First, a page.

Affordable Clean Energy Rule
The ACE rule reconsiders EPA’s authority under Section 111 of the Clean Air Act. While EPA still maintains it has authority to regulate C02 emissions, it believes that authority is limited to requiring specific improvements at individual coal fired power plants (i.e. within the “fence line). The standards in ACE are based on a list of candidate heat rate improvement measures (either technologies or operational changes). ACE removes the push toward natural gas and renewables. ACE also removes the ability of states to set statewide CO2 caps on emissions as well as the trading program that would have allowed states to trade amongst themselves to more cost effectively achieve necessary emission reductions.
Under the ACE rule, each state must develop custom compliance schedules that include the selected emission standard and compliance deadlines. States must submit the plans for EPA’s review within three years of the final EPA rule. This effectively pushes the compliance deadline for states from 2018 under the CPP to likely 2022. However, units are given up to 24 months to comply, which effectively pushes compliance deadlines further to 2025.
ACE also aims to encourage energy efficiency by redefining the applicability of the New Source Review (NSR) rules for power plants. Under NSR, a facility must apply for a permit every time there is a “major modification” to an existing plant. Under the existing NSR rule a change to facility is considered a “major modification” by measuring the change in annual emissions. Critics of this approach argue this actually discourages energy efficiency upgrades because: 1) utilities may not adopt energy efficient upgrades due to the lengthy permitting process required; and 2) utilities may want to run plants that are more efficient more often and determining whether a upgrade constitutes a “major modification” based on annual emissions discourages increased operation of more efficient plants. ACE proposes to change the measure for major modifications to an hourly emission test. This change could greatly reduce the applicability of NSR to existing plants thereby avoiding the lengthy permitting process and encouraging operations of more efficient plants. Critics argue NSR ensured the plants could not extend there useful life without adopting new emission reduction technologies.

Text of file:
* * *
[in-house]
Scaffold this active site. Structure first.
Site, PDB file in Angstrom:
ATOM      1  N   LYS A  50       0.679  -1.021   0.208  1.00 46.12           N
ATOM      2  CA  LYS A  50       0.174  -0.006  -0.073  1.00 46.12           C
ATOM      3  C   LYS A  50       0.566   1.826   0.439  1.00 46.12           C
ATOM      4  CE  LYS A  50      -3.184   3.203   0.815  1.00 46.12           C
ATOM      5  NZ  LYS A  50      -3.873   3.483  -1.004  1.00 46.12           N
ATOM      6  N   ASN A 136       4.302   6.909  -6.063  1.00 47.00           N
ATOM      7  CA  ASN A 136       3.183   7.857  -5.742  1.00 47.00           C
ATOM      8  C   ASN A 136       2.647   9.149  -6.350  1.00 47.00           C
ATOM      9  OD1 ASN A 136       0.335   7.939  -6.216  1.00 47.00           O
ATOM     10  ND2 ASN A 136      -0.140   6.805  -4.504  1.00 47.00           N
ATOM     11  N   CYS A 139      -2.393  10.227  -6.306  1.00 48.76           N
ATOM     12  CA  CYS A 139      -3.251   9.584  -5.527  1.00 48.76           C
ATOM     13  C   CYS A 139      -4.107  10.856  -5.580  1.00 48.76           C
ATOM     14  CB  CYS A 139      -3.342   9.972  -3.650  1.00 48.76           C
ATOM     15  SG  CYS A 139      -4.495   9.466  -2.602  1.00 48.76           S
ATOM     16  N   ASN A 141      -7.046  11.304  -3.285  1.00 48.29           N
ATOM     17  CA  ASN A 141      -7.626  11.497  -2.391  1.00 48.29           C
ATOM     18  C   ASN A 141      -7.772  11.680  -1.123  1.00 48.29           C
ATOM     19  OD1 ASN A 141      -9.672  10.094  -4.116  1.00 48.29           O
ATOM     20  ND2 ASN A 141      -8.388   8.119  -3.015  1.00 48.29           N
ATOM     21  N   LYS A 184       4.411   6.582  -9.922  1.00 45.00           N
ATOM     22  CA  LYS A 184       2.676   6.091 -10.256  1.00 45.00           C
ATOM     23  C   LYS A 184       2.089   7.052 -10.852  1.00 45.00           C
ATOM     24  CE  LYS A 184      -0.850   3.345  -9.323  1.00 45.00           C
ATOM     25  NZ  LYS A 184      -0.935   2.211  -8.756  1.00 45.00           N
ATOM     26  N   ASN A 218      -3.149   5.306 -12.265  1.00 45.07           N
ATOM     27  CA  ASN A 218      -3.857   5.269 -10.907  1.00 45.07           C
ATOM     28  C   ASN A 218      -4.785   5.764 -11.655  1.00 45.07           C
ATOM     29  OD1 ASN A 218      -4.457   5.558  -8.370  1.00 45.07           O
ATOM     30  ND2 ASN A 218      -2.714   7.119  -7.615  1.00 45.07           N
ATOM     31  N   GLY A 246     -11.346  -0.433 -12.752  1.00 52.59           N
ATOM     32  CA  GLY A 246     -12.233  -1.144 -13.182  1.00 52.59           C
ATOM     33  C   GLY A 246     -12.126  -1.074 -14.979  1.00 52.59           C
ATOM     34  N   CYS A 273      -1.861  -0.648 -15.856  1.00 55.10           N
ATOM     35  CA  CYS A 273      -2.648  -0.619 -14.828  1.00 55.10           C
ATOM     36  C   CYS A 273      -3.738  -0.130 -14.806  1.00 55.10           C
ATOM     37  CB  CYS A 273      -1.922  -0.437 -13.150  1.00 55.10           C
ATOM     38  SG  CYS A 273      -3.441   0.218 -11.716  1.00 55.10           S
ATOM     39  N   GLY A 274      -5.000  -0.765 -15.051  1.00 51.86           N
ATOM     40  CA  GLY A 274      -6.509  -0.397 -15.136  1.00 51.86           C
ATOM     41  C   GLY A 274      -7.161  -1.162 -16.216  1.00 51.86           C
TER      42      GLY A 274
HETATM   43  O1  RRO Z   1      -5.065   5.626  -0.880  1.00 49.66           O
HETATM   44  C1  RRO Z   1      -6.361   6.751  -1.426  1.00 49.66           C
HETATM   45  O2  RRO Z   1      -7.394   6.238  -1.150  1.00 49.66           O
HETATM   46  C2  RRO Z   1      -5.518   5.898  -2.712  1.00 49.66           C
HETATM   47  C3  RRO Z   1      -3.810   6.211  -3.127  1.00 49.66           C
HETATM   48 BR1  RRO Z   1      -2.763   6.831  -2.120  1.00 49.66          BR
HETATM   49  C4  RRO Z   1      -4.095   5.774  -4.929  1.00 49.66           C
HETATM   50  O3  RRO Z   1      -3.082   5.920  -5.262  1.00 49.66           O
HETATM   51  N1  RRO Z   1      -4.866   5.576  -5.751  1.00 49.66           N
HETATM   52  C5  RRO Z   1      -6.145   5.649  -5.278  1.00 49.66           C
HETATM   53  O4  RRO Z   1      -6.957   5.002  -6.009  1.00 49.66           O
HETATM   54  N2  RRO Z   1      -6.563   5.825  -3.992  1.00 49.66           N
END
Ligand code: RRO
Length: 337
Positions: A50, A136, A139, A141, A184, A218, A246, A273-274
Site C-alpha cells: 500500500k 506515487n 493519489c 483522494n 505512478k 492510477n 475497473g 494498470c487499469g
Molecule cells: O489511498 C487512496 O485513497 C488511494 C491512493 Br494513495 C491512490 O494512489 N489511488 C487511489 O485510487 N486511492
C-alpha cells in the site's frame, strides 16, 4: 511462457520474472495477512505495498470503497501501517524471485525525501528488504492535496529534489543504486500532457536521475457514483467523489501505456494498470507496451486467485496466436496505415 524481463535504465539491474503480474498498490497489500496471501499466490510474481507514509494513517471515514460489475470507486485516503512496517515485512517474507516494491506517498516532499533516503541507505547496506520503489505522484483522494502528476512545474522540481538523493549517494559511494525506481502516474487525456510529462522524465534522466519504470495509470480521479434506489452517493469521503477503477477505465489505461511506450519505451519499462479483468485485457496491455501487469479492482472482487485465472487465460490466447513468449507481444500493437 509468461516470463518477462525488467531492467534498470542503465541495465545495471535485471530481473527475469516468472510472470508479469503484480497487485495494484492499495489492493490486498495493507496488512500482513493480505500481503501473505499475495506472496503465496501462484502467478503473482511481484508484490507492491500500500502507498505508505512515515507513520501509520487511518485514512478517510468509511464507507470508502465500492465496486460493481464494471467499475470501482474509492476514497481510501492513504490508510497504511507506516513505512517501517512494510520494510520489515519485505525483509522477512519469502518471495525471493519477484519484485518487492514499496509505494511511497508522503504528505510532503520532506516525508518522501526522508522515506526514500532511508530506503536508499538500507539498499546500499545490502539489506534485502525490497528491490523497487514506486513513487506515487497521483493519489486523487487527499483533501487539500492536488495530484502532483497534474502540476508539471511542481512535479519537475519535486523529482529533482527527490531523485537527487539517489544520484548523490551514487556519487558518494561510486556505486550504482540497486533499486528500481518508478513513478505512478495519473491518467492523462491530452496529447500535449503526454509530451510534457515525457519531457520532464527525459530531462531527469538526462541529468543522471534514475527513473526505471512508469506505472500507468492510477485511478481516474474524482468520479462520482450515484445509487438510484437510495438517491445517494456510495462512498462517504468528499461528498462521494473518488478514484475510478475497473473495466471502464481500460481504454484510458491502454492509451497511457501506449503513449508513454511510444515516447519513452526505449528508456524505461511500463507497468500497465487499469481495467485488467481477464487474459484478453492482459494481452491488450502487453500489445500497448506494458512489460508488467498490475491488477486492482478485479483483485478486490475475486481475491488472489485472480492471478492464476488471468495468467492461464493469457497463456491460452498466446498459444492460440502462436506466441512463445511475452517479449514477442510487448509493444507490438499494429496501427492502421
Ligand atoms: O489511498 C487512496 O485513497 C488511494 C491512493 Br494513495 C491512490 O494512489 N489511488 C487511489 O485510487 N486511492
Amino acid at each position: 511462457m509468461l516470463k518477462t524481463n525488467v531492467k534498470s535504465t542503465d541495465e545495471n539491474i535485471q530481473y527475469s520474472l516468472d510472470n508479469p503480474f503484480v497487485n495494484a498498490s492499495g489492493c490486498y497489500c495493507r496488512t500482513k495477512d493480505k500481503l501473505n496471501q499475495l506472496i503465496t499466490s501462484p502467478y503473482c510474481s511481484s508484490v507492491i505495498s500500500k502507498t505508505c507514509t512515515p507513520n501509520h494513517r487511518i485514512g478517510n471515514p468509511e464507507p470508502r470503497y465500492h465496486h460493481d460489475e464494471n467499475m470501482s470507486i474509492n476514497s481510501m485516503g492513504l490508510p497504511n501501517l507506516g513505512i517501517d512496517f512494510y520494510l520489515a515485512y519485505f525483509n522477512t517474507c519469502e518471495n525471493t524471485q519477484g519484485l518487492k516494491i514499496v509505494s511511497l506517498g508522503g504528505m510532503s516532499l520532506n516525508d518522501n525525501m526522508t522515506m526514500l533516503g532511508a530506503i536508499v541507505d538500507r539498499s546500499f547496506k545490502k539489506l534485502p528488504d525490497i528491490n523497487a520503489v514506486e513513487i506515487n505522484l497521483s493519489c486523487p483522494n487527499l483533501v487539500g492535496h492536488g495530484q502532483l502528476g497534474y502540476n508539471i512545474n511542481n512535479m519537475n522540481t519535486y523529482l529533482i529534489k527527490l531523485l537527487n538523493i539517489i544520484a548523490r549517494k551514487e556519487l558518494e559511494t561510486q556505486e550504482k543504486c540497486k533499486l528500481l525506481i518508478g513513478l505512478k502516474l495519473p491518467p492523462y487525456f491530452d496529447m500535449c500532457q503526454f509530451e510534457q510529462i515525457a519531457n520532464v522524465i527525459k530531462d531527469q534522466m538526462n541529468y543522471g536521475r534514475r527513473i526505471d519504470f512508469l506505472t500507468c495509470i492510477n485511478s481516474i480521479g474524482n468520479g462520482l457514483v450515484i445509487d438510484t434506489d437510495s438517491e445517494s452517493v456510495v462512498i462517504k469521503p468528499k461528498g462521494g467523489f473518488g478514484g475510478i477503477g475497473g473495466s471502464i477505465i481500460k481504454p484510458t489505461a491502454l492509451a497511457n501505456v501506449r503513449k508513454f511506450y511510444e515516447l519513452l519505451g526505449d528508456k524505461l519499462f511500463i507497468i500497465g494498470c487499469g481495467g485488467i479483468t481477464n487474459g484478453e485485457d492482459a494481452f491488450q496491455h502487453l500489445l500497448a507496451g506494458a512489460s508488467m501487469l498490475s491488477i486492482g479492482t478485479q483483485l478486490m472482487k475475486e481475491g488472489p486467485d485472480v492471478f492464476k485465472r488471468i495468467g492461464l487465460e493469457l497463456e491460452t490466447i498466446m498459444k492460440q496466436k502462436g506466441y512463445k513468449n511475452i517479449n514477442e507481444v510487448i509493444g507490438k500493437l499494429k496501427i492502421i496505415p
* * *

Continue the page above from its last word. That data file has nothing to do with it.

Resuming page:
Despite the radically different approaches to regulate CO2 from the power sector, EPA projects that the reductions under ACE are very similar to CPP. This is because market forces will continue to push more closures of coal fired power plants as the country moves more to natural gas. However, critics argue ACE contains no hard cap on emissions, therefore, the projected reductions are not guaranteed.
What is Next for CPP and ACE?
ACE must undergo a sixty day comment period before the rule can be finalized. If ACE is made final, numerous legal challenges will certainly ensue. Once again, the future of climate change regulation in the United States will be decided in the courts.